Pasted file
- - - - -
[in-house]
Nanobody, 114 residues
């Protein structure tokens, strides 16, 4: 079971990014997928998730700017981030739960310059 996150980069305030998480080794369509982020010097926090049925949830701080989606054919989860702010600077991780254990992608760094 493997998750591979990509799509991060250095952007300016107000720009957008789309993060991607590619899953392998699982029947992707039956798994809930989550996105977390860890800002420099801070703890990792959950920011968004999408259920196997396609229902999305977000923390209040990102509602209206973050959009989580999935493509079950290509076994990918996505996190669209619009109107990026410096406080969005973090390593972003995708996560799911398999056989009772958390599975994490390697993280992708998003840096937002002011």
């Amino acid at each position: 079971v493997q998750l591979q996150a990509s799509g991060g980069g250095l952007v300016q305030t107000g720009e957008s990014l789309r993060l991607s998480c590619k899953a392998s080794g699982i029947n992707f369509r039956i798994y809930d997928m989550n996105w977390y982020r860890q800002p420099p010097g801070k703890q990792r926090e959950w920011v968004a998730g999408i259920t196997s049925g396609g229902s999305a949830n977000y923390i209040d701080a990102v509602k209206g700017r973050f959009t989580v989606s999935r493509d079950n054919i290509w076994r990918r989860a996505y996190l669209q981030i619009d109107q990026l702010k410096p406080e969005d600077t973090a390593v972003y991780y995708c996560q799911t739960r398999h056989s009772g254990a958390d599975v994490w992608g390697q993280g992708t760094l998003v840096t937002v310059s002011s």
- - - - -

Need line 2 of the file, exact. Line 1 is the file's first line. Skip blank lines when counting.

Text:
Nanobody, 114 residues